A sound sculpture by Harry Bertoia.
Floating stair case embedded into the stone wall.
Elodie on the Tatami mat.
One of my favorite pieces – The Conoid bench complete with antique indigo cushions.
Many aspects of the Nakashima compound were man made by George Nakashima, the plot of land was originally plowed farm land so elevations in the land, stone work, and most of the trees were planted by Nakashima himself. Although you would not expect that any of it was man made as it looks so natural in its setting.
The bridge separating Pennsyvania from New Jersey. We were staying at a hotel on the Jersey side in Lambertville.
The local diner – Sneddon’s
Copper lamps and sad clowns.
The area is unbelievably picturesque and lush.
We asked a local jogger where the best place to get lunch in the city was and they told us about a cute spot called “City Market”.
New Hope Apple juice – so delicious.
The deli acts as a hub for many of the locals. Lots of fresh food and good coffee on hand. I ended up getting a super American meal – ribs and corn bread!
A collection of iconic American condiments all on one shelf.
A beautiful cedar paneled facade with tall grasses. So tastefully done.
I didn’t even make this connection, but RADO auction house was actually in Lamberville. Lot’s of amazing things by Nakashima, Bertoia, and other big names on hand. We were lucky enough that they had a preview that day, it’s nice to see all of the work in person but it’s also overwhelming seeing that many beautiful things in one place.
An apple is more her speed, she’s just starting to eat solids.
Om nom nom.
Onto Part 2 of our 3 part series on the Nakashima Studio. Today we visit the Reception house, the refinishing shop, and the lumber storage building.
The Reception house.
A vintage indigo dyed tapestry separates the showroom from the office area.
There’s a real sense of working in nature throughout the workshops.
The finishing building where coats of tung oil are hand applied to each piece.
Nakashima wall hanger.
The beautiful guest house, which we will be featuring in the 3rd volume of Mjolk. The ottomans have the original antique indigo cushions used for the Rockefeller’s Japanese home.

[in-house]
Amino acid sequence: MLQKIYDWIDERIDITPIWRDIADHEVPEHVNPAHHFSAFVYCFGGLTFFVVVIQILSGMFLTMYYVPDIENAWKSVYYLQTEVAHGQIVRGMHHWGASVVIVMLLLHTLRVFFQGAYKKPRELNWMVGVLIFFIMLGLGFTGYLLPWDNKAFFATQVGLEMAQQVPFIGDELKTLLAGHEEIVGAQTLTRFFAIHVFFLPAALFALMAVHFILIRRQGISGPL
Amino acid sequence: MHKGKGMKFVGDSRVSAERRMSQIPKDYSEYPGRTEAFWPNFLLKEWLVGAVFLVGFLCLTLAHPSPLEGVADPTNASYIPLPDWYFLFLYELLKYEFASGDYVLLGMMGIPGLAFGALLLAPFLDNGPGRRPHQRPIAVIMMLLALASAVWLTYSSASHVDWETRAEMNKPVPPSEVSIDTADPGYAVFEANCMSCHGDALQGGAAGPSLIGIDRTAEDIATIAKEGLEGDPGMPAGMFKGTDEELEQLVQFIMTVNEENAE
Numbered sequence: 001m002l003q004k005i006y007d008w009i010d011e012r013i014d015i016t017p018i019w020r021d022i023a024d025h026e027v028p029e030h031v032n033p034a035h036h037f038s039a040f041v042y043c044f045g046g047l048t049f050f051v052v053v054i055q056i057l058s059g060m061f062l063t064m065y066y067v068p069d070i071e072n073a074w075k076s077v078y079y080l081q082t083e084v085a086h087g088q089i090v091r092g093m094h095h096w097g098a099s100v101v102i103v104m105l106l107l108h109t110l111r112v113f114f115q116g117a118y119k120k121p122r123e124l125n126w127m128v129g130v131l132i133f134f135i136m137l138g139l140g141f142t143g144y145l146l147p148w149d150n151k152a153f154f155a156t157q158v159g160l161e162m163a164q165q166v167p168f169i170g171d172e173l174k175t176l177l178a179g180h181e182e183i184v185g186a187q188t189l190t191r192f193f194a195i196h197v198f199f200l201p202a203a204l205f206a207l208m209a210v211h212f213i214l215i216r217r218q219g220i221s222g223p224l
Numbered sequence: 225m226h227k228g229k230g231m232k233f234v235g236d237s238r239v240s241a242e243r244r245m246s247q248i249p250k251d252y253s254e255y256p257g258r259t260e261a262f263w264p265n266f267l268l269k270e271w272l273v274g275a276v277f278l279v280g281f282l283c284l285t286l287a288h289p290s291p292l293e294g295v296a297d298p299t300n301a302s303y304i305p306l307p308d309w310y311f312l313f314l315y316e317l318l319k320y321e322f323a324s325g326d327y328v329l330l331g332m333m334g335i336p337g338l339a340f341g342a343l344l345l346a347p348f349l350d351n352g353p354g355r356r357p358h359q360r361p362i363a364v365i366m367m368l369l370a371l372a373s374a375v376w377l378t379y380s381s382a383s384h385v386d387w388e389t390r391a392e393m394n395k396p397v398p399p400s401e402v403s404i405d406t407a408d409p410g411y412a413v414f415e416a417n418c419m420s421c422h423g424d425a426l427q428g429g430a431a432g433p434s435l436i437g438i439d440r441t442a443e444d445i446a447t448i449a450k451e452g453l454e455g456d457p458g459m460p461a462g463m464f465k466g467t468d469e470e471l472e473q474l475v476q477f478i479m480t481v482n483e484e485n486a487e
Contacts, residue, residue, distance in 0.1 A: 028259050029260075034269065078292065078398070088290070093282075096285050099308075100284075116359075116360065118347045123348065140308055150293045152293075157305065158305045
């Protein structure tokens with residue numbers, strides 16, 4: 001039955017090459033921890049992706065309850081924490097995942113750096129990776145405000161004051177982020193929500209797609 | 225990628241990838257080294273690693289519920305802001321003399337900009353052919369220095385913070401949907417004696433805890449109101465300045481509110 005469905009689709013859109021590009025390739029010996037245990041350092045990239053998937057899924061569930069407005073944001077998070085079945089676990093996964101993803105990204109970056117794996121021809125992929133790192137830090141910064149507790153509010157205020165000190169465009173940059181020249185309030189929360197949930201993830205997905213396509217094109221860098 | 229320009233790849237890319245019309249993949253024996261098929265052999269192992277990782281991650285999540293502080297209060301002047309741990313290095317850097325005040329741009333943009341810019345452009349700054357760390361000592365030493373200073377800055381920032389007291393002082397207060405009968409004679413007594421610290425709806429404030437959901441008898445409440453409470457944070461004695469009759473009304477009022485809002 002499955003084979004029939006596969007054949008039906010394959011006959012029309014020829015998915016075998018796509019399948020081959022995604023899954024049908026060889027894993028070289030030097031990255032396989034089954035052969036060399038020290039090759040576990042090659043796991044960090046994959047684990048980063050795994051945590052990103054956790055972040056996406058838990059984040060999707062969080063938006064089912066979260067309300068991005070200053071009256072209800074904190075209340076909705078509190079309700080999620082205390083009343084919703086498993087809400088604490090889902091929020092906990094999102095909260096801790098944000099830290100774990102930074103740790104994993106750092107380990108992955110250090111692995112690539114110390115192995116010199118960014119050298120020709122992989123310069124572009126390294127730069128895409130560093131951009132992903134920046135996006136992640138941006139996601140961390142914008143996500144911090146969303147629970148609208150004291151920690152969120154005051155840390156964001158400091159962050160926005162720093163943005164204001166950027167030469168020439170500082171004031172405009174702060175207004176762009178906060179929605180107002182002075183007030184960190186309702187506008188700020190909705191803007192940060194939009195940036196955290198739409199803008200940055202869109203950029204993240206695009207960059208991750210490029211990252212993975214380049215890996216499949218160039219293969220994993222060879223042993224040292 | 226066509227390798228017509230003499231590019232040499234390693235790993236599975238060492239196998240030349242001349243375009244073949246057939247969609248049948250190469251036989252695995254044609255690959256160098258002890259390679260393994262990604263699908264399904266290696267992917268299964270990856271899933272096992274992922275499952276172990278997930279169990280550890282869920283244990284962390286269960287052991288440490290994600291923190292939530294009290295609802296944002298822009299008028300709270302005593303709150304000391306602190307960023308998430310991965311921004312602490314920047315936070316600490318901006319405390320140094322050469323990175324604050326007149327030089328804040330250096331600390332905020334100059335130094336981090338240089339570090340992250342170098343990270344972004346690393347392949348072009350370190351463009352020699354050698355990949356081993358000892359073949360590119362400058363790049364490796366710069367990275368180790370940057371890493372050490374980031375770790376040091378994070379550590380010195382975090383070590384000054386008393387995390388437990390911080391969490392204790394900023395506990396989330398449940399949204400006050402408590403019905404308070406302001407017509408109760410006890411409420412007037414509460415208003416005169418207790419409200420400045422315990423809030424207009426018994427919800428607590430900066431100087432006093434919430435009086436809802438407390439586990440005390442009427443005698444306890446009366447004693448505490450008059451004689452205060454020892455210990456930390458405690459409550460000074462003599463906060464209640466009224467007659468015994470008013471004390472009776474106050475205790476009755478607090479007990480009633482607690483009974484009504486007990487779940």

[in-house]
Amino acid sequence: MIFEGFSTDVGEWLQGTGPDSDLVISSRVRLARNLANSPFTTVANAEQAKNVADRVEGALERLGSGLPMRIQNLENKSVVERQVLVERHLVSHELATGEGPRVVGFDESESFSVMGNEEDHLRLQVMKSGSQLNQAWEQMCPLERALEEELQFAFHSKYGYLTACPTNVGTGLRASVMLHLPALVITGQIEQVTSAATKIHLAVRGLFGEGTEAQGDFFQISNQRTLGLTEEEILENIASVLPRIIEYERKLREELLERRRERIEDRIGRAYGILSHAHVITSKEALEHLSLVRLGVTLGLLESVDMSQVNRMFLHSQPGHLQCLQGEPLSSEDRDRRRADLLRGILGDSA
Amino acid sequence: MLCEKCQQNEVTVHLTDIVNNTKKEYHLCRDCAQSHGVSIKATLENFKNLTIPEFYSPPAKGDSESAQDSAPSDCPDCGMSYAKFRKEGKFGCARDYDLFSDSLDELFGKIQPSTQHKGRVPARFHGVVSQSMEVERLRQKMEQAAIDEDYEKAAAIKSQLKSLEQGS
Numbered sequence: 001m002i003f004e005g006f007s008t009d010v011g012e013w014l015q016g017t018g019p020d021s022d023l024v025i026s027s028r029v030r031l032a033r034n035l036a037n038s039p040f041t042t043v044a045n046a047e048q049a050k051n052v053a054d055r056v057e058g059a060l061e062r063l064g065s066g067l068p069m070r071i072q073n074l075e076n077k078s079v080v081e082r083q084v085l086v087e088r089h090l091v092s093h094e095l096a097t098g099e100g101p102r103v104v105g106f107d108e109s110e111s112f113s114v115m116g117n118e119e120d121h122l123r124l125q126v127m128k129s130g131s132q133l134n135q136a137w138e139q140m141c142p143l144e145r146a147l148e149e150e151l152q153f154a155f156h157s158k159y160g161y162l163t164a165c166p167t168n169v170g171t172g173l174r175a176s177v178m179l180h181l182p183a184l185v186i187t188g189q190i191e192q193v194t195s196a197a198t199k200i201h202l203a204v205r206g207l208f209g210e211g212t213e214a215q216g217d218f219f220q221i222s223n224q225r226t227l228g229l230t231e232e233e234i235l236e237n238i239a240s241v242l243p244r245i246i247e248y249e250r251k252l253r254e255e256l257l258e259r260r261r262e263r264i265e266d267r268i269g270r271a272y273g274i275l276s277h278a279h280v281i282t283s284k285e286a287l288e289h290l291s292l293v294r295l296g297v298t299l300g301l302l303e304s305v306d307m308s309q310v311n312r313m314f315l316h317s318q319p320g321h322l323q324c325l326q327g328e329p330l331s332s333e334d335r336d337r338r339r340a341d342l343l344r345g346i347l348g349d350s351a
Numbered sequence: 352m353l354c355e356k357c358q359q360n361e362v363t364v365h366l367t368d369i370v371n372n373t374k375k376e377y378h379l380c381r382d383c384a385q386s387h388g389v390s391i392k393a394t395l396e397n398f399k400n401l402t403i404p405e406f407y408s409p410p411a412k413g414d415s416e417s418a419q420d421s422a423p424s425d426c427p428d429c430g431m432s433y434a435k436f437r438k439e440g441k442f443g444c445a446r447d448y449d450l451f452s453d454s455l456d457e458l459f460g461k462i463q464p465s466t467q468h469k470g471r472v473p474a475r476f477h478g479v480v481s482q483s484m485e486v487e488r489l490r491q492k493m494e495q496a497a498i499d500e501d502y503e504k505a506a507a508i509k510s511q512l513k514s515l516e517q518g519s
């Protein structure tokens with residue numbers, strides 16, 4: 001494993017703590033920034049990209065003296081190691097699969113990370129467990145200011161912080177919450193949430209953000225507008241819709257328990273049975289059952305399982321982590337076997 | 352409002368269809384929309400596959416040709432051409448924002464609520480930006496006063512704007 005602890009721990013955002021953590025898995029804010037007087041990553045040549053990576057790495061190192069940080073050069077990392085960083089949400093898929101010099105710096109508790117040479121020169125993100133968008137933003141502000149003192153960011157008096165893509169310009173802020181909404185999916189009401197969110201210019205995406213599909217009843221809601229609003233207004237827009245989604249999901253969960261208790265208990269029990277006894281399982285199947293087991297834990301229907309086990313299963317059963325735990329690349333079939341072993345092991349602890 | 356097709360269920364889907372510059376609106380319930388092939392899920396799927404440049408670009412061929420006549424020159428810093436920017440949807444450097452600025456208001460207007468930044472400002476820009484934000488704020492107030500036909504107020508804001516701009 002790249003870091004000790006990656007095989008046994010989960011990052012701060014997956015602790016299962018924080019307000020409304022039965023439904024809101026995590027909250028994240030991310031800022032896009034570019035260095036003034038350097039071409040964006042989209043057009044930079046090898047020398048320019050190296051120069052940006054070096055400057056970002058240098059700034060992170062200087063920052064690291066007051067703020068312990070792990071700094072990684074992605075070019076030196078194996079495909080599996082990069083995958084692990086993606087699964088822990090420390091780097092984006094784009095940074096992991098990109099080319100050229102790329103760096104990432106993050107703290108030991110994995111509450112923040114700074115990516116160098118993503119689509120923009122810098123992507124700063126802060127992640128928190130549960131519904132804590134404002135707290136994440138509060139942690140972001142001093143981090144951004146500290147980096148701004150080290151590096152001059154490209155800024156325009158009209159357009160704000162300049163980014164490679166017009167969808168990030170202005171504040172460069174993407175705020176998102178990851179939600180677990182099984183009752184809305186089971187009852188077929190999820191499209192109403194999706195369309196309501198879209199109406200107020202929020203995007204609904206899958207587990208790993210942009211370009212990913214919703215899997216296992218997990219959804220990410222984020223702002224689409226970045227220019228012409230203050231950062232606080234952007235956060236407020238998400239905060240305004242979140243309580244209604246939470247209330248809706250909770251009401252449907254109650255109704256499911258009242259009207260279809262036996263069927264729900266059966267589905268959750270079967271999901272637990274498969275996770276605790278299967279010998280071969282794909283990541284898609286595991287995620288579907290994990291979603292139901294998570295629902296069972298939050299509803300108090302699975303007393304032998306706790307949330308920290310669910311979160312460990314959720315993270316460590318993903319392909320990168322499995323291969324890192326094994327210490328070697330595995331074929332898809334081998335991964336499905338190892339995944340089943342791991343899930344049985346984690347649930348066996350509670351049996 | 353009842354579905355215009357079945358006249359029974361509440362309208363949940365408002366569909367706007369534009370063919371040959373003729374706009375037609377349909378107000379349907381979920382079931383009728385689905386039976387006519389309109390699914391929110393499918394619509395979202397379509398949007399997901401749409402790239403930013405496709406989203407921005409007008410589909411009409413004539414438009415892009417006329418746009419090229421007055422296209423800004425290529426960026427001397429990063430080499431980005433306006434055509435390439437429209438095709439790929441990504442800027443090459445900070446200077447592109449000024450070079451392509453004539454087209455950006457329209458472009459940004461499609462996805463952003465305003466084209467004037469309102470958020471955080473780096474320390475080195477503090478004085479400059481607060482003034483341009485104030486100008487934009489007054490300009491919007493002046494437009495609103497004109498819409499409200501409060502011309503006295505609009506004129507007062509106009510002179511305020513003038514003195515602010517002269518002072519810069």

The traditional tea room complete with a cantilever to the garden to closer connect with nature.
The bathroom was tiled by Mira and her brother Kevin.
Hinoki and copper bath buckets.
The lumber storage building.
This is one of the most valuable collections of wood in the world, many lengths of old growth trees in the Nakashima collection do not even exist anymore.
The famous bow-tie inlay.
A specifically beautiful piece of 7′ American walnut destined to become a Conoid bench, you can see the curved line which will eventually be where the slated back will be constructed.
The other week we made a pilgrimage to George Nakashima’s studio in New Hope Pennsylvania. This is a trip I’ve been wanting to make ever since seeing George Nakashima’s work in person at Gallery Toukyo when we were in Japan last summer. (and subsequently seeing more in New York later in the year).
It sounds strange that the first piece I saw by this American born Japanese architect/craftsman was in Japan, but maybe the setting was the perfect place to experience Nakashima’s work. A gallery specializing in hand crafted / Mingei work being meticulously displayed on original Nakashima pieces from an exhibition in the 1980s. The owner had purchased the entire collection, a large investment at the time that has turned into a priceless collection.
I remember specifically the long 7′ bench sitting in the window with Windsor style spoke-back being held together by a Torri like arch, running along only around 5′ of the length thus leaving a substantial 2′ cantilever for displaying pottery. I think it’s been embedded in my mind in the same way Nakashima’s signature is embedded in the display pieces at Gallery Toukyo.